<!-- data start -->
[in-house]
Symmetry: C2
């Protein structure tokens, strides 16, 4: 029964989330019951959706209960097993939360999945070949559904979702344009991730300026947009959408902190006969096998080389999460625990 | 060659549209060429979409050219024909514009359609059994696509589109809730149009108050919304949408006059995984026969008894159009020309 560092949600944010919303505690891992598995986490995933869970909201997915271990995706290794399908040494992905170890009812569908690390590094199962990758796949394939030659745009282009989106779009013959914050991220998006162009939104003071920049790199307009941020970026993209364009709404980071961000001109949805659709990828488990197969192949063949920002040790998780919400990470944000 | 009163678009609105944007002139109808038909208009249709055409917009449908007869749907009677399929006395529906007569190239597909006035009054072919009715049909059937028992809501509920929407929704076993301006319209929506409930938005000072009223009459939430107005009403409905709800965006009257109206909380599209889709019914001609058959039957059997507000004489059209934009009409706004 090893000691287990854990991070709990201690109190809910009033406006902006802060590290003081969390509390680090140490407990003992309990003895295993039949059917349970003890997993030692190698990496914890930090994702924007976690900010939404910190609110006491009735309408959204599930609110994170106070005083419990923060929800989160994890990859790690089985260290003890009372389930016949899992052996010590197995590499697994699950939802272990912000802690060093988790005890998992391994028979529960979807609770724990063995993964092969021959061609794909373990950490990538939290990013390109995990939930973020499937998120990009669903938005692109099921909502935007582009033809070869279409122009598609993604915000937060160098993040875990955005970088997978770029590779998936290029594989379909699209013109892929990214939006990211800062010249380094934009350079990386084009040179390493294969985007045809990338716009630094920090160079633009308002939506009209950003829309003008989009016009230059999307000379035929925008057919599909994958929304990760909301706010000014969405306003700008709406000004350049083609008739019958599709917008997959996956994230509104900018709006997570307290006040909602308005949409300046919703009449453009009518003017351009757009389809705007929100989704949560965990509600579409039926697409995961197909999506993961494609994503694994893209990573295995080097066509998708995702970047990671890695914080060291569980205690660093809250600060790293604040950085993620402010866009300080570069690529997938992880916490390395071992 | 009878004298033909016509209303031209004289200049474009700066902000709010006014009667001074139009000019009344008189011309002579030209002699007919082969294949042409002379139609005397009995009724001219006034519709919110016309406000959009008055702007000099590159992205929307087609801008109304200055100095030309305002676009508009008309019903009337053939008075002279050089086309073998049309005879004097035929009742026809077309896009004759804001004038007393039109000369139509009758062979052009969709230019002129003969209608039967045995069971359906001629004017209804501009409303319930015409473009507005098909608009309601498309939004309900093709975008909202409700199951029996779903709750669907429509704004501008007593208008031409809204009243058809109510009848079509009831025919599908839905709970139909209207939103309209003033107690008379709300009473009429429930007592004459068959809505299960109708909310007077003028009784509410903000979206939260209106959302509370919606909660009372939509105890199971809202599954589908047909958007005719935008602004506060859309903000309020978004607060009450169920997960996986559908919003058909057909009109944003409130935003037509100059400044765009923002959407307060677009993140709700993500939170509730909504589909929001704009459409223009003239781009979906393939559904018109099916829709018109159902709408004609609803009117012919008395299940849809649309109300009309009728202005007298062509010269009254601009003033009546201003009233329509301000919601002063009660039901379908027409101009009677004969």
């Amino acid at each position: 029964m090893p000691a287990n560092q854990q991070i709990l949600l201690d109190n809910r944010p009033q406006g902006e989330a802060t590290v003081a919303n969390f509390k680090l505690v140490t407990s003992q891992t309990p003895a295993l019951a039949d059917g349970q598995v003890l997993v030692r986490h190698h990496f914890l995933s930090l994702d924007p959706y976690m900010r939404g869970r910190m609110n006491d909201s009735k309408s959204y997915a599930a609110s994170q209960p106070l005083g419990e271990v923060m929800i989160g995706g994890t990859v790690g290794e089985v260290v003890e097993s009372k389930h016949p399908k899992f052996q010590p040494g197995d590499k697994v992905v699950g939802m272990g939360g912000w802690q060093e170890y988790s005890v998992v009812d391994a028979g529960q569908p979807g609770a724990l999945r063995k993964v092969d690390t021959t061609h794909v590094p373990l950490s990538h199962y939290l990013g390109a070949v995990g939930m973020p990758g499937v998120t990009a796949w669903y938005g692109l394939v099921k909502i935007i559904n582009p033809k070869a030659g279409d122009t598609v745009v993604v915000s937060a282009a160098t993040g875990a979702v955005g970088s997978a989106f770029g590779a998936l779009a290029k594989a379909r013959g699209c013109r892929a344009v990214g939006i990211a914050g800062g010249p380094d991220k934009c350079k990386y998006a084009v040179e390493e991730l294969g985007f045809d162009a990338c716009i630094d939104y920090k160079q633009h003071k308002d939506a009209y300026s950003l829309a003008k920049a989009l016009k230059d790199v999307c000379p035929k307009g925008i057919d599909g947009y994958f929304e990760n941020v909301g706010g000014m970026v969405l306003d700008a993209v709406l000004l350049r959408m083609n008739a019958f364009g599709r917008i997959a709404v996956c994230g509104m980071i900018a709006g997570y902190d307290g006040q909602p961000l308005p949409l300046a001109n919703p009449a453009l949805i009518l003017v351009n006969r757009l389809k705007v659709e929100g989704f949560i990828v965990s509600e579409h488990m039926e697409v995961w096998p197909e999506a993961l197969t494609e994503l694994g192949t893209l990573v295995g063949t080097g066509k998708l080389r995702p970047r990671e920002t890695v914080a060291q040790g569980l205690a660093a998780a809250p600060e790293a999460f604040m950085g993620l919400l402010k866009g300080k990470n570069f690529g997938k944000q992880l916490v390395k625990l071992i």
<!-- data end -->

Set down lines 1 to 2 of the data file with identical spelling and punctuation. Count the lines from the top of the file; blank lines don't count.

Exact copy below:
[in-house]
Symmetry: C2